Girls boarding school

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Hedwig's daughter boarding school at the end in Bad Suderode around 1907

As a finishing school , higher school for girls , daughters Institute or Töchterpensionat is known since the 18th century an educational institution ( boarding school ) for girls, mostly connected to its own Pensionatsschule. In addition to the girls 'boarding schools, there were also boarding schools for boys, which were called boarding schools (boys' boarding schools), although much less frequently.


The name is derived from the boarding allowance (the "pension") that the parents of a boarding pupil had to pay for the private educational institute. Because of this school fee, the girls' boarding school was an option especially for higher-income families and was used as an alternative to public schools. Religious considerations, such as the parents' desire to raise their daughters in a Catholic or Protestant spirit, sometimes led to placement in an area with a corresponding denominational majority, or in an area in which the educational institutions were not secularized . Until well into the 20th century, parents in France sent their children to the strictly Roman Catholic Swiss canton of Friborg . The visit to a Freiburg boarding school from German-speaking Switzerland often took place as a French -speaking year . Last but not least, girls' boarding schools were also stamping sites of the elitist self-confidence of the “girls from the family” in the professional society of the 19th century.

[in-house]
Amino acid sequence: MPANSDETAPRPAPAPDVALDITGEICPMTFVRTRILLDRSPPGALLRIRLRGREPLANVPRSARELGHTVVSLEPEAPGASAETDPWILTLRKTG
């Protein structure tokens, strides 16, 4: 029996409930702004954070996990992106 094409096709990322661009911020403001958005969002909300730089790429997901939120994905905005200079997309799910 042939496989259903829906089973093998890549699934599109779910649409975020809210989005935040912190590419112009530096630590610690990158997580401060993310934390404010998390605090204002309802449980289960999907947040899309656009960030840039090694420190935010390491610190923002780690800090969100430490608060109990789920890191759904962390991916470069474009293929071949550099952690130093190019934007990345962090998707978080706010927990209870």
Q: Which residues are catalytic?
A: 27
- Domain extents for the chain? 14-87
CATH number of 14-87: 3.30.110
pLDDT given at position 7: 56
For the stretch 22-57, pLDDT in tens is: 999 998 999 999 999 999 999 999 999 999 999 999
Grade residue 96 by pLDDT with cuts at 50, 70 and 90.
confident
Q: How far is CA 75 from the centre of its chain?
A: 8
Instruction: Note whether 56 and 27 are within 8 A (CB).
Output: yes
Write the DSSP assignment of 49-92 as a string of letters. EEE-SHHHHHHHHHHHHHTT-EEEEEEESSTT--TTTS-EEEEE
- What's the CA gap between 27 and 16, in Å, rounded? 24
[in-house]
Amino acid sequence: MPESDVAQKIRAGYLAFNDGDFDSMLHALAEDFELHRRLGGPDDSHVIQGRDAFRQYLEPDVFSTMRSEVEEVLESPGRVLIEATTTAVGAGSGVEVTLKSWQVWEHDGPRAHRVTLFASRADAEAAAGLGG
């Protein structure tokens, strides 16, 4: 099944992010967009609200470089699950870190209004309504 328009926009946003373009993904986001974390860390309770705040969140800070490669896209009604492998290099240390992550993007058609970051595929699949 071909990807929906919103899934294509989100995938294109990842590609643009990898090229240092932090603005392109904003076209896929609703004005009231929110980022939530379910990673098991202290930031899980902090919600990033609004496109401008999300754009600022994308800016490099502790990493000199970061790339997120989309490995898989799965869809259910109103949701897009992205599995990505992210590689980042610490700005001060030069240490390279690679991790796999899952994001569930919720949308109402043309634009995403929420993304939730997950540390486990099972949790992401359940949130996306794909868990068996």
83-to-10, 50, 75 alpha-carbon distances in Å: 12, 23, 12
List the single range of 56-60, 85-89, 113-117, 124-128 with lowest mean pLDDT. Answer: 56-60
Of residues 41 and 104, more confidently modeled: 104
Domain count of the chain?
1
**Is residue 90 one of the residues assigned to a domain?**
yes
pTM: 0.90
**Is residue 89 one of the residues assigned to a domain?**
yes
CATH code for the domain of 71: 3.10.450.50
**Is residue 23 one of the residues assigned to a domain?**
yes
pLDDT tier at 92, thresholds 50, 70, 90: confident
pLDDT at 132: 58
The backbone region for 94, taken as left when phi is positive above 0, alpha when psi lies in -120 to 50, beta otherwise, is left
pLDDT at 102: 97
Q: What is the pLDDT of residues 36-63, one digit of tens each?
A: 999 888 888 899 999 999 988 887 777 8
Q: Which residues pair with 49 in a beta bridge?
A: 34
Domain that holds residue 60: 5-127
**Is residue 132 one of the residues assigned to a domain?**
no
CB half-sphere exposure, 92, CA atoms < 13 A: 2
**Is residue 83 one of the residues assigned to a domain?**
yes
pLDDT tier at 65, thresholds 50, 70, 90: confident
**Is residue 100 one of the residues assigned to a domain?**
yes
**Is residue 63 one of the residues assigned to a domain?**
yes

Thematization in the literature

The novel Julchen Grünthal is an early literary thematization of the boarding system in German . A pension history (1784, expanded 1798) by Friederike Helene Unger . The boarding school stories of girls' literature , which are still popular today , B. Emmy of Rhodens novel The Trotzkopf (1885) or Marie Louise Fischer Ulrike - Trilogy (published until 1963-65, but the boarding action is at times like that) originated within the German-language literature in its "classic" Nature as a literary genre in time around 1900, when attending a girls' boarding school was part of the standard biography of the “ senior daughter ”. Thomas Mann gives a lovingly humorous depiction of boarding school life for girls in his Buddenbrooks (1901) when Tony Buddenbrook's boarding school years were described. A critical examination of the institution boarding provides the play Knight Nerestan (1930, also titled Yesterday and today , 1931) by Christa Winsloe , under the title girl in uniform has been filmed several times and from a novelization (initially under the title The girl Manuela , 1933, then under that of the film) appeared, as well as the story The blissful years of chastisement by Fleur Jaeggy (1989).


See also


  • Klaus Johann: Limit and stop. The individual in the “House of Rules”. On German-language boarding school literature (= contributions to recent literary history , volume 201). Universitätsverlag Winter, Heidelberg 2003, ISBN 3-8253-1599-1 , chapter Girls Boarding Schools in Literature: Gender Limits , pp. 480–509 (dissertation University of Münster 2002, 727 pages).
  • Gisela Wilkending: The bourgeois family model as reflected in the 'classic' pension history. In: Hans-Heino Ewers, Inge Wild (ed.): Family scenes. The representation of family childhood in children's and youth literature. Juventa, Weinheim / Munich 1999, ISBN 3-7799-0450-0 , pp. 41-61 (youth literature - theory and practice) .
  • Gisela Wilkending: The pension history as a paradigm of traditional girls' literature. In: Hiltrud Gnüg, Renate Möhrmann: Women Literature History. Writing women from the Middle Ages to the present. 2nd, completely revised and enlarged edition. Metzler, Stuttgart / Weimar 1999, ISBN 3-476-01543-2 , pp. 104-116.

Web links

Wiktionary: Girls' boarding school  - explanations of meanings, word origins, synonyms, translations